Scientists Confirm These Really Are the Bones of Richard III

When It Comes to Echolocation, Some Bats Just Wing It

Why do we cling to beliefs when they’re threatened by facts?

Shutting down Australia's Aboriginal areas

New funding laws threaten the existence of remote indigenous communities already facing profound social issues.

Yemen migrant boat carrying Ethiopians sinks killing 70

Poland counts the cost of losing millions of its workers

US draft guidance on circumcision at odds with trends overseas

Suicide surpassed war as the military's leading cause of death

Promising compound rapidly eliminates malaria parasite

The Assassin Bug Wears Its Victims’ Corpses as Armor

Planet Reboot: Fighting Climate Change With Geoengineering
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Except Eva. It has not been a fun St. Nicholas day, but at least Ana is well enough to sit up and play on the ipad. Yesterday she was so sick she was just crying and miserable at bedtime.

I'm keeping an eye on things (sorta) and using the computer to at least stay awake. It's fun.


It's mean boys, not mean girls, who rule at school, study shows

Marked for deportation, Iraq war resisters fight to stay in Canada

Up to two dozen military deserters would likely face stiff penalties upon return to US

City ants are garbage eating, rat-fighting machines

The Red Cross CEO Has Been Serially Misleading About Where Donors’ Dollars Are Going

Bhopal: Tragedy lives on

30 years later, survivors of lethal gas leak still fight for justice

Congrats, you survived the 15 hottest years ever

Ignoring indigenous rights in Amazon fuels global warming - study

Rain brings relief and fear to drought-stricken California

What I've Learned from Two Years Collecting Data on Police Killings

With death of unarmed Phoenix man, has national debate reached critical mass?

No Such Thing as Racial Profiling

Racial profiling will still be allowed at airports, along border despite new policy

There Aren’t Plenty of Fish in the Sea

Hear that? That’s the sound of the ocean dying

Giraffes are silently disappearing

Physics, or sorcery?

Whooping Cough Epidemic? Get Used to It

The post-antibiotic future is here: Chilling report highlights the reality of a global crisis

To combat an unexpected, mutated version of influenza, the CDC has warned Americans to supplement their shots with anti-viral medicine.

Some of our greatest cultural and technological achievements took place between 1945 and 1971. Why has progress stalled?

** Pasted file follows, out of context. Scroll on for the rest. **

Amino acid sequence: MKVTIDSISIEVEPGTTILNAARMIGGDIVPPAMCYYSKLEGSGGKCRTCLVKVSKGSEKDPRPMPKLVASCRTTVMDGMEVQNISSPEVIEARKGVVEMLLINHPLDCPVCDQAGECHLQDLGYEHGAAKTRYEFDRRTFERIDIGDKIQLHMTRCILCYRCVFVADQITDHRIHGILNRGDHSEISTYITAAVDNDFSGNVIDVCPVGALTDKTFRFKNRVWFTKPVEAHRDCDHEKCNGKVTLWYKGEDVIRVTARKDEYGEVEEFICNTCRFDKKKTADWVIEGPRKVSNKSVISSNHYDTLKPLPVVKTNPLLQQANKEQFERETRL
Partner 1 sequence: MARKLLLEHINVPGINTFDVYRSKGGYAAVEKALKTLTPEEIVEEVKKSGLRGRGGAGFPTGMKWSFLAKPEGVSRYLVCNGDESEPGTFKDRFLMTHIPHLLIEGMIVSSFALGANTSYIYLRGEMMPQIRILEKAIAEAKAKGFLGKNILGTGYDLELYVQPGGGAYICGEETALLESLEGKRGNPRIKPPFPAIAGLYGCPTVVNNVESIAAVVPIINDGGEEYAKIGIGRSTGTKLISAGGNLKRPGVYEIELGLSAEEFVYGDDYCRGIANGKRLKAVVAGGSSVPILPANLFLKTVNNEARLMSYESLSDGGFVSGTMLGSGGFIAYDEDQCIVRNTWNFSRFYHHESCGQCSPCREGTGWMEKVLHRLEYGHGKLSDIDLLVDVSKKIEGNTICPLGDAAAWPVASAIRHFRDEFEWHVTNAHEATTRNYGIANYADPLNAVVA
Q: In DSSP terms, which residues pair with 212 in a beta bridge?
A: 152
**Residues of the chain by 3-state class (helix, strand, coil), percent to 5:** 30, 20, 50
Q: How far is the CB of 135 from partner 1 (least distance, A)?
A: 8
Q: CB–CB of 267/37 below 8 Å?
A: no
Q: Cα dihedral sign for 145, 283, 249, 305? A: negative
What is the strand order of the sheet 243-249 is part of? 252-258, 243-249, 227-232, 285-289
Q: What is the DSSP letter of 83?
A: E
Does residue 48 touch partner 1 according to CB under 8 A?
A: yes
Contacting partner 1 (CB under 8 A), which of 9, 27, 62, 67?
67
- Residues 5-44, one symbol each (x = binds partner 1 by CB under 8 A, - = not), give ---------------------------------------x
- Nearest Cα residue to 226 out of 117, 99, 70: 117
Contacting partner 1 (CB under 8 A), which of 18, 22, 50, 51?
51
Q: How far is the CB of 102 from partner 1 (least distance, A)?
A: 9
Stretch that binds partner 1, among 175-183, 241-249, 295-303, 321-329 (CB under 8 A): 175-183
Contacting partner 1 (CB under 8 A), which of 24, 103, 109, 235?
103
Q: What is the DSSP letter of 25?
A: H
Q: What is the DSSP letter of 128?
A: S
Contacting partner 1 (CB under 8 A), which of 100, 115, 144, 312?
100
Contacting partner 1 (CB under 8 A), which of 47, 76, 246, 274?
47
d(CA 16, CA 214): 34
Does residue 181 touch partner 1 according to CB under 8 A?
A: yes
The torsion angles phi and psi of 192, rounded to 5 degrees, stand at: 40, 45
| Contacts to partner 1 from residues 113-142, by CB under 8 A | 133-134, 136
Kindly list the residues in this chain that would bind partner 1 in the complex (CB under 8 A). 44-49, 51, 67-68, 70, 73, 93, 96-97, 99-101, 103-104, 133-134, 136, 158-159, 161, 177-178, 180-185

‘You will not be arrested for using drugs’: What a sane drug policy looks like

America has stopped paying attention, but Ebola is still ravaging Sierra Leone

A handful of farmers and crop scientists are struggling to save the fast diminishing stock of agricultural diversity for the rest of us.

The remarkable collapse of our trust in government, in one chart

Do our brains pay a price for GPS?

French ISIL fighters want to return home, plead for clemency

Syria conflict: Amnesty says rich nations failing refugees

Nigeria's Boko Haram Violence Now Comparable to ISIS in Iraq

ISIS-linked Camps in Libya Fan Concerns About Growing Militant Threat
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To which I said "yeah, it happens". My father? Hair totally white by the time he was 40.

So I wondered - is this early? Normal? Apparently it is perfectly normal... for white people. Which I am, of course, but it seems that white people go gray, on average, earlier than other ethnic groups. I had no idea! That is truly something I would never have suspected.
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She had a book to give me to put on the shelf, so she sidled towards me, then turned around so her back was to me. Then, speaking out of the corner of the mouth she informed me that "the package has been delivered".

Me: Uh, Eva? What's with the spy stuff?
Eva, not turning around: Pleasure doing business with you.

LOL, I don't know where she gets it from!

They had the last of their orthodontist-required teeth pulled yesterday. Well, I say they, actually the dentist opted to not pull Eva's final baby tooth, his exact words being "I'm not here to traumatize this child". He's a bit of a soft touch. He promised to tell the orthodontist this personally, but he didn't realize our orthodontist appointment was today, so... yeah.


‘Separate and unequal’: Racial segregation flourishes in US suburbs


President George W. Bush says grand jury decision not to indict chokehold cop ‘hard to understand’

Police think we’re the enemy: There will be more Fergusons if we keep militarizing local cops

Obama resists demands to curtail police militarisation calling instead for improved officer training

Chokehold cop had been sued THREE TIMES before Eric Garner death

You know, I see some jerkfaces on the internet going that of course it made sense to arrest Eric Garner over a stupid petty crime, because of his whole history of stupid, petty crimes, after a while you just have to stop issuing tickets if they don't work.

I'm just going to save this article to throw in their stupid faces.

How Police Unions and Arbitrators Keep Abusive Cops on the Street

White Cops File Suit, Claim They Are Punished Too Much For Shooting People

Ferguson, Staten Island: Similar events bring very different reaction

I Told a Grand Jury I Saw a Cop Shoot and Kill an Unarmed Man. It Didn't Indict.

Texas Grand Jury Clears Two White Cops Who Brutally Beat a Black Woman Over an Unpaid Traffic Ticket

Black, gay and shot dead in his own car: this is another Missouri killing we should talk about

The Divorce Surge Is Over, but the Myth Lives On

US Birth Rate Hits All-Time Low

The end of the population pyramid

Global economic malaise driven by unemployment and low wages

Republicans Back to Raising Taxes on the Poor

How America Punishes People for Being Poor

Real world contradicts right-wing tax theories